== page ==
In a world of utter separation and disillusionment, it can be a very difficult task to imagine how we, the human race, could ever become unified through the expression of love as our primary behavior. Love expresses itself in the attitude of oneness and equality, and perceives all life as infinite beings, no matter how they are veiled in terms of personality and human cloak.
However, we are programmed to rush to anger or defensiveness anytime something or someone threatens, diminishes, impedes or aggravates our will and sense of security. In a world of constant surveillance, of diminishing freedoms, of steamrolling secularism, it is not easy to deny our programming.
This programming is based on two interdependent and primary features of human reality:
Each of us is separate and each of us lives in deception. This is a simple fact.
Separation begins the moment we don a human body (birth). We are instantly separated in three-dimensional reality. We are sealed away inside our body. It is a very strange experience to begin to see the world as separate from ourselves and that we exist separate from everyone and everything else. We become programmed by this prominent feature of reality to feel vulnerable and dependent.
The deception of our world is its illusory basis that describes our consciousness as an 80-year lifespan (on average) that is human with a possibly divine, yet undefined spiritual component. Because of this potential divine spark, we are allowed to believe in soul, but it remains only a belief, and therefore the deception is complete—we do not know our true self. (You might want to read The Fifth Interview of Dr. Jamisson Neruda for more detail on the Hologram of Deception).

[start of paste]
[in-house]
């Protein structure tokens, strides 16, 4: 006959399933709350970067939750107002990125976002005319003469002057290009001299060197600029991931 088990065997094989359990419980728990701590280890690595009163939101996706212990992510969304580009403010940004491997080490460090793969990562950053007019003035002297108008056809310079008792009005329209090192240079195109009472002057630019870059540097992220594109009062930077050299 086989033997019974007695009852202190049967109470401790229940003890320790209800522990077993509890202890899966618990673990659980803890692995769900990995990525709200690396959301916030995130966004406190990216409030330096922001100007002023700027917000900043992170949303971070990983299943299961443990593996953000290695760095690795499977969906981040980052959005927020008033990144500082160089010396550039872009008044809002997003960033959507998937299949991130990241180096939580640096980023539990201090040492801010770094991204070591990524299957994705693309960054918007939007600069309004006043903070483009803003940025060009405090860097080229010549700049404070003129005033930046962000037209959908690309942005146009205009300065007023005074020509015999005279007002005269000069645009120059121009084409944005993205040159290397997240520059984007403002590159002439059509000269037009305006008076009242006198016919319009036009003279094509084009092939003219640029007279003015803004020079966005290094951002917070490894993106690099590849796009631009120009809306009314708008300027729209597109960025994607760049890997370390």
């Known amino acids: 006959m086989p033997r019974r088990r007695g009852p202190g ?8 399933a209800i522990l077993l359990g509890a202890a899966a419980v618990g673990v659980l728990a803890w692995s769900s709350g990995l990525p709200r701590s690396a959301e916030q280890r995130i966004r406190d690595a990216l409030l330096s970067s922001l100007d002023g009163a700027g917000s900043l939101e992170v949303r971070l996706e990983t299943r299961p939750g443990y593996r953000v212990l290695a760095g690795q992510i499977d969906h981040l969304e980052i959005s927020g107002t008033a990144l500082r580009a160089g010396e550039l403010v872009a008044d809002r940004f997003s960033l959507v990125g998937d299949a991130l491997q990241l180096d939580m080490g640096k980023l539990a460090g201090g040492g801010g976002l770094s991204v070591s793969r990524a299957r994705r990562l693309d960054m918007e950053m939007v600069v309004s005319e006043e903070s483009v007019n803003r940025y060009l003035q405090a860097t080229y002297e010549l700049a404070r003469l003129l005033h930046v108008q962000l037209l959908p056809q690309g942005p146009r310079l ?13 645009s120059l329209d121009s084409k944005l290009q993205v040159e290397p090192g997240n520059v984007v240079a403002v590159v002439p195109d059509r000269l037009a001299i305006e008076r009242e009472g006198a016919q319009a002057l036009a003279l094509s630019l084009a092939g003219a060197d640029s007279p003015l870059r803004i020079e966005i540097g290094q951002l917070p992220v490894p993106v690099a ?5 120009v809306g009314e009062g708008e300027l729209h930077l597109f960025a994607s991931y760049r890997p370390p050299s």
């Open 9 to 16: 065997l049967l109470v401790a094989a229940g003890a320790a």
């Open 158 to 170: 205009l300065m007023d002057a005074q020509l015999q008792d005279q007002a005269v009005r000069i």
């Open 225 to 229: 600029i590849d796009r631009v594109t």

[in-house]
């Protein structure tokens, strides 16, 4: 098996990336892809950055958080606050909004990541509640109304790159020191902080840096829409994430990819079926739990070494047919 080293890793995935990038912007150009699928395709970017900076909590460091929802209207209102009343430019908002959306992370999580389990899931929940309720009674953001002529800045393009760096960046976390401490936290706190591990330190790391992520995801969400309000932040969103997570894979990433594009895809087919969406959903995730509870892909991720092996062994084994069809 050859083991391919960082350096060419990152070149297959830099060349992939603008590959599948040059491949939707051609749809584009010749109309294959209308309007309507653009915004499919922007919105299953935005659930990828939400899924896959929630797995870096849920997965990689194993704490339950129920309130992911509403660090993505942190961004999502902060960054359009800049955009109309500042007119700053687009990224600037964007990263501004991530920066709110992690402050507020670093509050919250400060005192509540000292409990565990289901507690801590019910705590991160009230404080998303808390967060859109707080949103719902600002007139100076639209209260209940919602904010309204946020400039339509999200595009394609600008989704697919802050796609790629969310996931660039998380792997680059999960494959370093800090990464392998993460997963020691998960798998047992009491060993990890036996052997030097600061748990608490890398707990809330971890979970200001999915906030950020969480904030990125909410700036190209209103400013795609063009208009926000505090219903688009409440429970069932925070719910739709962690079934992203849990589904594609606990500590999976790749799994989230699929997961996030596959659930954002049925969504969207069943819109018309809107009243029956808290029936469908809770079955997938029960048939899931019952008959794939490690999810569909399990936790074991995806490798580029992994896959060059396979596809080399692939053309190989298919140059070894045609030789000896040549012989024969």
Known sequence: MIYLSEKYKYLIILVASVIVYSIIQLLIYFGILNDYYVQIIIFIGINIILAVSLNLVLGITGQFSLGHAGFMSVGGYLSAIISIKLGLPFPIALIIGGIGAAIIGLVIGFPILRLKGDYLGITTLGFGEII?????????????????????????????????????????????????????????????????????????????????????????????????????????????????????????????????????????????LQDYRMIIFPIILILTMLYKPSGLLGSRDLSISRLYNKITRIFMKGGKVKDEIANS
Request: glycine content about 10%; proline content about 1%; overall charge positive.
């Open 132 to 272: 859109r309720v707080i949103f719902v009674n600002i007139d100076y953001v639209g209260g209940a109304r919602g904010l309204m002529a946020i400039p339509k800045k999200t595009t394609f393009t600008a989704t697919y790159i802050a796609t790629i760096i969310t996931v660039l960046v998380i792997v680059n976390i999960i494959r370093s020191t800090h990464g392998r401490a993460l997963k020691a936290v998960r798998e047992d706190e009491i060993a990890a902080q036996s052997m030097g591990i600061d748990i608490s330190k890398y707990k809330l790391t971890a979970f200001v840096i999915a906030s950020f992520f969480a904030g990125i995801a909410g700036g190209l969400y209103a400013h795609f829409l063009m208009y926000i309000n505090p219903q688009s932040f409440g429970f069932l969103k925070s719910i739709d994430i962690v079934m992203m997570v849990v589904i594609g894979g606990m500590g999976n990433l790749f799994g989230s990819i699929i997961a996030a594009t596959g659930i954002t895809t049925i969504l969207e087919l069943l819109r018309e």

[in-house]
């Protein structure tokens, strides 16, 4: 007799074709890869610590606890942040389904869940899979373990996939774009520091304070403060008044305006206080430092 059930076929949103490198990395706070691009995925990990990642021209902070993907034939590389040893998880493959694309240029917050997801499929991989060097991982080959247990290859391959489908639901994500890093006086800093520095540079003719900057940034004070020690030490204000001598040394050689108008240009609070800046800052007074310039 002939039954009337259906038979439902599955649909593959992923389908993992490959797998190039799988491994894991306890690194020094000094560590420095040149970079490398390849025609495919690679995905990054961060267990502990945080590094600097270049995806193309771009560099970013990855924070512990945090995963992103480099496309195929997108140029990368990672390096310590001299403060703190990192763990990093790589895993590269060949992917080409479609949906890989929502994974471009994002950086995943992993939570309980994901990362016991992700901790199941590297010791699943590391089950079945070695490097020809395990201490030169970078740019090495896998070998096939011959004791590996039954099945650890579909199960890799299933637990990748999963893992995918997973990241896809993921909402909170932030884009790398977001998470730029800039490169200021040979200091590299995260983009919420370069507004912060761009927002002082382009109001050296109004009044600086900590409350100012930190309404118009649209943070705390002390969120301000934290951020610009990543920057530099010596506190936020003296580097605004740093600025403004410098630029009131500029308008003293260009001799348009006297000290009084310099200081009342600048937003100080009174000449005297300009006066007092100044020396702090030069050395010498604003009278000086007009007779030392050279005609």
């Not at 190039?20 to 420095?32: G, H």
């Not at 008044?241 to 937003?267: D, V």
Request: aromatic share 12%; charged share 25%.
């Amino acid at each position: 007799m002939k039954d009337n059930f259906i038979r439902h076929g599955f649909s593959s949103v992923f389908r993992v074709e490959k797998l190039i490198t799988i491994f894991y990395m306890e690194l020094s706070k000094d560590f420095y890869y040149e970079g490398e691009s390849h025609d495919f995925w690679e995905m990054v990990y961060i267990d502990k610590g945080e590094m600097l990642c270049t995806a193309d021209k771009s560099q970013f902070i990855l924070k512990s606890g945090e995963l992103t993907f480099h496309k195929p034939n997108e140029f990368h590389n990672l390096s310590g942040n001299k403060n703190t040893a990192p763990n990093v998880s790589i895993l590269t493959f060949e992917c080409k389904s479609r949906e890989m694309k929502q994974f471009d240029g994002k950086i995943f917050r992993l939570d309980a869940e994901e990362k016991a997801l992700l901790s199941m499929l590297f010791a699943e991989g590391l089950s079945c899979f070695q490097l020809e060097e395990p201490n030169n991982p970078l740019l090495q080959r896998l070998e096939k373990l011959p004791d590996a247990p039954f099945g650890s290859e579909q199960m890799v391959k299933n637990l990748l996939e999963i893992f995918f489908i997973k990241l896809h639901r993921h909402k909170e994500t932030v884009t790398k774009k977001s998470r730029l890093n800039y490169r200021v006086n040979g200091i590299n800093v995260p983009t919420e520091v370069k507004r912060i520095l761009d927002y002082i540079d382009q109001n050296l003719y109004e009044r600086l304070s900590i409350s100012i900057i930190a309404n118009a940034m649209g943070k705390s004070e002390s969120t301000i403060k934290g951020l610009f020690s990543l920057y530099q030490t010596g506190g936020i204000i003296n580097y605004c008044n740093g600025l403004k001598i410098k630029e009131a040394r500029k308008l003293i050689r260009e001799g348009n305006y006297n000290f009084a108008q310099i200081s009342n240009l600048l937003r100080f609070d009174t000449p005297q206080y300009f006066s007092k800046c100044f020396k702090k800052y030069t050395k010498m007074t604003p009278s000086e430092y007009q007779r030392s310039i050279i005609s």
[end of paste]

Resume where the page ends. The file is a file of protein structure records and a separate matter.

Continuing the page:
The Suppression of the Imagination
The imagination is a faculty within the heart and mind of every individual. It is that part of us that can exercise a vision that is counterintuitive to the reality that surrounds us. Just as our eye-brain can use a telescope to see distant galaxies, the imagination is like a telescope of our consciousness. It allows us to reach out to the infinite. We are each inundated with stories and images of war, social dysfunction, freedom-stealing policies and technologies, all of which instill a sense of doom and gloom. Our imaginations are sat on by these heavy objects that we can generally call suppression events.
These suppression events introduce, over time, a false sense that we are fundamentally flawed and disempowered. We begin to believe the lie that our lives—or parts thereof—are mistakes that demand corrections or modifications. And where do you suppose those corrections will come from? Which government or religious institutions will correct our mistakes? The same institutions that design and issue the suppression events in the first place? Exactly.
The problem is that we have allowed our imaginations to be programmed by the suppression events and our imaginations have largely become atrophied as a result. Our imaginations are likened to a muscle that must be exercised in order to lift a heavy weight. In order to throw off the suppression events that literally sit on us, we may find value in using our imaginations regularly.